[Taxacom] Objective synonyms?
lists at curtisclark.org
Sun May 30 22:35:06 CDT 2010
On 5/30/2010 6:30 PM, Stephen Thorpe wrote:
> Maybe you could briefly explain Francisco's view then, in your own
> words, like I did?
I can contrast with botany, if that helps. (Imagine describing a
kiwi--it's a lot easier if the person you are talking to has seen a bird.)
The botanical concept of basionym is key to the difference. /Encelia
nutans/ and /Enceliopsis nutans/ are different names, based on the same
type. The basionym, the name applied to the type when it was described,
happens to be /Encelia nutans/. If I published a new combination /Geraea
nutans/, it would be yet another name, based on the same type. Each of
these names has a type, the type of the basionym. Because they are
different names, with the same type, they are homotypic (nomenclatural,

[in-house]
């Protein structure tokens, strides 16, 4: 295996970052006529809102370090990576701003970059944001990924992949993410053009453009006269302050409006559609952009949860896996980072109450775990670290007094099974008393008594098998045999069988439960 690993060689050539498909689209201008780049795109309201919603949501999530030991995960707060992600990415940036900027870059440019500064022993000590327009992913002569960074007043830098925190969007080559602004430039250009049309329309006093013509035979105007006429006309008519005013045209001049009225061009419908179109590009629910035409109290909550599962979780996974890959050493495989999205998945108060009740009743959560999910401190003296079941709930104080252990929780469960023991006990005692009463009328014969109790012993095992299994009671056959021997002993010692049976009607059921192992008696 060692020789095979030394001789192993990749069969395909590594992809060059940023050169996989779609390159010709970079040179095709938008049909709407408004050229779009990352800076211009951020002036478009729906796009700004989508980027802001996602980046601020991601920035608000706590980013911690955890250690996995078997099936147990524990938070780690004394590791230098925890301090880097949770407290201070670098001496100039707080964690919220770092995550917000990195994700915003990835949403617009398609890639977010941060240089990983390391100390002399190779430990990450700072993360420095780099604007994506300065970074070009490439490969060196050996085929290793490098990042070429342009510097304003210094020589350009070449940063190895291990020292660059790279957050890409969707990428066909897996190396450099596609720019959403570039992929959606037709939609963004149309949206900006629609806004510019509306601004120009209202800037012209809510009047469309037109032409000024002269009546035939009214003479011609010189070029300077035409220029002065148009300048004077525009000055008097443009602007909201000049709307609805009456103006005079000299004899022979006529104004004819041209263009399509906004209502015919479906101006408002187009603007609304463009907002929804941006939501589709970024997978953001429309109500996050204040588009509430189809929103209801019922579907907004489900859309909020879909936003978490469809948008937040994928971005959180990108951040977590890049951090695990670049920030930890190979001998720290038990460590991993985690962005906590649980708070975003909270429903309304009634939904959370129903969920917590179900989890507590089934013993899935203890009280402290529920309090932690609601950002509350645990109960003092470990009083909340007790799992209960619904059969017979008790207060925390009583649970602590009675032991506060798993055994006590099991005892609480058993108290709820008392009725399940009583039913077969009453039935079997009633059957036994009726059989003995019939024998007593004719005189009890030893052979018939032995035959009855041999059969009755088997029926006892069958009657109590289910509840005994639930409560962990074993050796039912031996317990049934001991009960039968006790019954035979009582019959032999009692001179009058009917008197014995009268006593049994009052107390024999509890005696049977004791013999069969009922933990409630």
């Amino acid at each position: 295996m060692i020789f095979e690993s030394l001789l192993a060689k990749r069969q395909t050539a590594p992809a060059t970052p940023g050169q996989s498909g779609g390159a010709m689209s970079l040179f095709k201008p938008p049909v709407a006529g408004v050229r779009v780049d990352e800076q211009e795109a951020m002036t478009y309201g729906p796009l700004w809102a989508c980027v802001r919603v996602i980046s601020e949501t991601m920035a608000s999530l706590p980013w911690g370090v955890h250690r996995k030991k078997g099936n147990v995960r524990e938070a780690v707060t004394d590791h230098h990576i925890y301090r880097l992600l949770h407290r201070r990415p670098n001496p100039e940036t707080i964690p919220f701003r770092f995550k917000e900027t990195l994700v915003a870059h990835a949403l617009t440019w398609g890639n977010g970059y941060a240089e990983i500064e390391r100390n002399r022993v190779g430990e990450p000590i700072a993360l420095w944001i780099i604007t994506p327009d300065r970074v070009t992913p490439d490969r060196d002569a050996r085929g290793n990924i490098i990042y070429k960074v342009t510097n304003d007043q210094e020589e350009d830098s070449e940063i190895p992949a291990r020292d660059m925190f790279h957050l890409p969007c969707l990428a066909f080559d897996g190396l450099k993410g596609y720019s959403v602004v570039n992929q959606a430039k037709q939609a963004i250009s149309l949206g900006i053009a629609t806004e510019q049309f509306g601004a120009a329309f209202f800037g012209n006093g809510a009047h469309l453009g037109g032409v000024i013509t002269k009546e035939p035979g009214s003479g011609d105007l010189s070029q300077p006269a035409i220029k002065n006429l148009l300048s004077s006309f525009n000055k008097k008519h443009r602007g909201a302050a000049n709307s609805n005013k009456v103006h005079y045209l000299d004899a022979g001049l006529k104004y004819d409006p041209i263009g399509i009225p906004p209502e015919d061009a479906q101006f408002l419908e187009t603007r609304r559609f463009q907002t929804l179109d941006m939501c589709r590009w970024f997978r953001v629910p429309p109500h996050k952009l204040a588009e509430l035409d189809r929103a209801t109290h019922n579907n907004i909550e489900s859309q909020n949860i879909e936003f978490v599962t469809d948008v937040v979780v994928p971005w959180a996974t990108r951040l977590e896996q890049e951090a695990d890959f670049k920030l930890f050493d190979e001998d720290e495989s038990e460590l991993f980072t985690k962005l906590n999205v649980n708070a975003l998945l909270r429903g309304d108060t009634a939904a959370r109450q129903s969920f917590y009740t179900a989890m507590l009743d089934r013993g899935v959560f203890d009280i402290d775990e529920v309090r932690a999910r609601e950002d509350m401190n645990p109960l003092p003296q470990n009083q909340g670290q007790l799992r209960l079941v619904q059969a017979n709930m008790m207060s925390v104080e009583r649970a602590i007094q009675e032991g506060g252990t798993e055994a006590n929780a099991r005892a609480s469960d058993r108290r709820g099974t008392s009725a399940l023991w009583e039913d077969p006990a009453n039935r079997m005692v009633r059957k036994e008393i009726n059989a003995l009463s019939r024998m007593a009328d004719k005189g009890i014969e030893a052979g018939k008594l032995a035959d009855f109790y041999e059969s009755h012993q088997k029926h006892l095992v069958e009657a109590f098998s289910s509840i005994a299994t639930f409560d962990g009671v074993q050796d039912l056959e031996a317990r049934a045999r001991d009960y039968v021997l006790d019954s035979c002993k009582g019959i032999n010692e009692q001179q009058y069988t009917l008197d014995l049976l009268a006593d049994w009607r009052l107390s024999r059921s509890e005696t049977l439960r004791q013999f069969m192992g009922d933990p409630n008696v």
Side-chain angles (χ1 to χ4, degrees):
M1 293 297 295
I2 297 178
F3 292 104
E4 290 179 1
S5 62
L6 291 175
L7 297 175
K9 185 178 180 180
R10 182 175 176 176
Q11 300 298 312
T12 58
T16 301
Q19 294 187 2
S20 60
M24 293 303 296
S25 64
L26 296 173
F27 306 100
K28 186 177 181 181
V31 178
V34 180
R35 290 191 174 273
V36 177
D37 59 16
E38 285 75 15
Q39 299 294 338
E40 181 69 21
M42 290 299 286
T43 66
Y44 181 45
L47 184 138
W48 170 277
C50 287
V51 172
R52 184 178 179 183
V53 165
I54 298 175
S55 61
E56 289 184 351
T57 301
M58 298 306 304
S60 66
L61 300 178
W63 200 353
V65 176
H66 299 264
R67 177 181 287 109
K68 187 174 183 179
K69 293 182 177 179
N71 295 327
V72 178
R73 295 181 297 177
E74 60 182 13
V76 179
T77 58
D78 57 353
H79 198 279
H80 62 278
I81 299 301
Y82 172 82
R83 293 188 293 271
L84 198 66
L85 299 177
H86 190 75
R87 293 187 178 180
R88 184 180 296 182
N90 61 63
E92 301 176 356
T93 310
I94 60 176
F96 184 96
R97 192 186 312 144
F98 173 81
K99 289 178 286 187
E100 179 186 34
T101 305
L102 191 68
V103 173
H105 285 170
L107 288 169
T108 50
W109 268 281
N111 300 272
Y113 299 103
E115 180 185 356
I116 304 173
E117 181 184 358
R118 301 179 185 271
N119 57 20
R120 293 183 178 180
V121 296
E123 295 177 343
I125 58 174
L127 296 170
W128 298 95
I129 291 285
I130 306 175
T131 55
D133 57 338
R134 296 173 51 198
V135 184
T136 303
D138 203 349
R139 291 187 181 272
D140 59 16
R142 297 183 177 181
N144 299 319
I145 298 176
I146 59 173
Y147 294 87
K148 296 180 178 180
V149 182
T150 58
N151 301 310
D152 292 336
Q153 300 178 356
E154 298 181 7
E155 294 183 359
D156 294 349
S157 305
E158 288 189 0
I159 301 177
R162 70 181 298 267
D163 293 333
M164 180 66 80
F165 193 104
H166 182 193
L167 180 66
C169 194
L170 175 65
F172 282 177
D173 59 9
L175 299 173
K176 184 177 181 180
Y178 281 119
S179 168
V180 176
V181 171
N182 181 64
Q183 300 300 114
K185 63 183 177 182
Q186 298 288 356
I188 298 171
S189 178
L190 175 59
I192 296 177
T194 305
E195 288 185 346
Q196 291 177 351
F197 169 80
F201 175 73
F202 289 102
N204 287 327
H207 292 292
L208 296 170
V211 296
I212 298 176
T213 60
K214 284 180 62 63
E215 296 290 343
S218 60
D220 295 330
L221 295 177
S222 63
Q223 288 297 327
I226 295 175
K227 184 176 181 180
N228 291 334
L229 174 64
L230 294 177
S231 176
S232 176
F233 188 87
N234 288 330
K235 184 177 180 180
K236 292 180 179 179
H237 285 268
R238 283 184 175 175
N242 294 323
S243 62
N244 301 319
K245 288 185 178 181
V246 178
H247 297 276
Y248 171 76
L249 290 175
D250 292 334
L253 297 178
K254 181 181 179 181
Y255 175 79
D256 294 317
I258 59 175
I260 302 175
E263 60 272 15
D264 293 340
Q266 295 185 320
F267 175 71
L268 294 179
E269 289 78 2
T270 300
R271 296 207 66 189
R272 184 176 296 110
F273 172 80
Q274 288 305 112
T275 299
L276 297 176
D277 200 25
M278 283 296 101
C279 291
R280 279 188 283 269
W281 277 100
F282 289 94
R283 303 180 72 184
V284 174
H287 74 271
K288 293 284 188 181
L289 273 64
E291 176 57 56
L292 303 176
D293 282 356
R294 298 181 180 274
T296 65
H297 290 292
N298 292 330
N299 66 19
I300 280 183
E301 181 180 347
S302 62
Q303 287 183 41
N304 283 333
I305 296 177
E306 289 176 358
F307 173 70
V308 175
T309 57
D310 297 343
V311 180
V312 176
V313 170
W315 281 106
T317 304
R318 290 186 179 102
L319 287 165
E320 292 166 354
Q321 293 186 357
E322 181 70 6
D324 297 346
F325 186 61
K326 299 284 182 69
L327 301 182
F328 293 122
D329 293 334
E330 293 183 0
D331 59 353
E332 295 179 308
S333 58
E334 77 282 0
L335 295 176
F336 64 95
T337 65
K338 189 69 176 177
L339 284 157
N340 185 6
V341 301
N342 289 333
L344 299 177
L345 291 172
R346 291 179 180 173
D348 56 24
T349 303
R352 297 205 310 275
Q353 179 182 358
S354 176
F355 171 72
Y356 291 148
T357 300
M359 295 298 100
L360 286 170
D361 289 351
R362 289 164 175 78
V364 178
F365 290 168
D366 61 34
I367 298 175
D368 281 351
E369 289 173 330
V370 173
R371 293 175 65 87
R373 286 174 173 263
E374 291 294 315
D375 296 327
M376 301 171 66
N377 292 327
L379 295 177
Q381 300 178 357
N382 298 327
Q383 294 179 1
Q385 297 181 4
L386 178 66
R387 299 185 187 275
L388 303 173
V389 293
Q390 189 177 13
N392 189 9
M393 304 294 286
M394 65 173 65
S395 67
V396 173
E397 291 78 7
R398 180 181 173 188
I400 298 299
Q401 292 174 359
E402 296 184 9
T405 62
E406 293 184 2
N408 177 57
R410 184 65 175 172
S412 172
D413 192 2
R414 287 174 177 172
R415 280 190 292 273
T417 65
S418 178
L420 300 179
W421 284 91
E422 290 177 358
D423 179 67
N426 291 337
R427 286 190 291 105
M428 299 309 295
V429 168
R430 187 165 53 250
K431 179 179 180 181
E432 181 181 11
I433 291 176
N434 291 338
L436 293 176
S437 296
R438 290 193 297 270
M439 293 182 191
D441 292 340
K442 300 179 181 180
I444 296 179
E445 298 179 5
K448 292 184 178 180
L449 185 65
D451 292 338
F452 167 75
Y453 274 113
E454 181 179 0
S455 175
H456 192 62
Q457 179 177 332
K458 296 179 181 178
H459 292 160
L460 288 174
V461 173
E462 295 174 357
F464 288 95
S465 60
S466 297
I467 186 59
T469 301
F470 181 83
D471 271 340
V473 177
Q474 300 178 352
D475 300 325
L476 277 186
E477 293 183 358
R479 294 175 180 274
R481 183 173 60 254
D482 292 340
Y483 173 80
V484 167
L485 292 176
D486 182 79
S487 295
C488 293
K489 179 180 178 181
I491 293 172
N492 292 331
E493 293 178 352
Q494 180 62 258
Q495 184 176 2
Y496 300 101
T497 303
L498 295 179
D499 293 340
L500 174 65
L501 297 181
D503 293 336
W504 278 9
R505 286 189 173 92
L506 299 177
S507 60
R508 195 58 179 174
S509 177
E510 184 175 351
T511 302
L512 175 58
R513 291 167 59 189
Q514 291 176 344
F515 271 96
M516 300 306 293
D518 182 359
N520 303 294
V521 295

or objective) synonyms.
If I understand Francisco correctly, /Felis uncia/ is a nominal taxon;
it has a type. What makes this different from a basionym is that
/Panthera uncia/ and /Uncia uncia/ are the same name, under different
combinations. A basionym is "A previously published legitimate
name-bringing or epithet-bringing synonym from which a new name is
formed for a taxon of different rank or position", but in zoology, a new
name is not formed, merely a new combination.
So in botany, new combinations = new names, but in zoology (again if I
interpret Francisco correctly), new combinations are the same name. This
may seem trivial, but it has widespread enough implications to have
caused all this chatter on Taxacom as people sorted it out. With luck,
someone reading this will be in the position to see that the next
edition of ICBN doesn'e equate nomenclatural synonym with the objective
synonym of zoology (for which evidently no one has yet to give an example).
Curtis Clark http://www.csupomona.edu/~jcclark/
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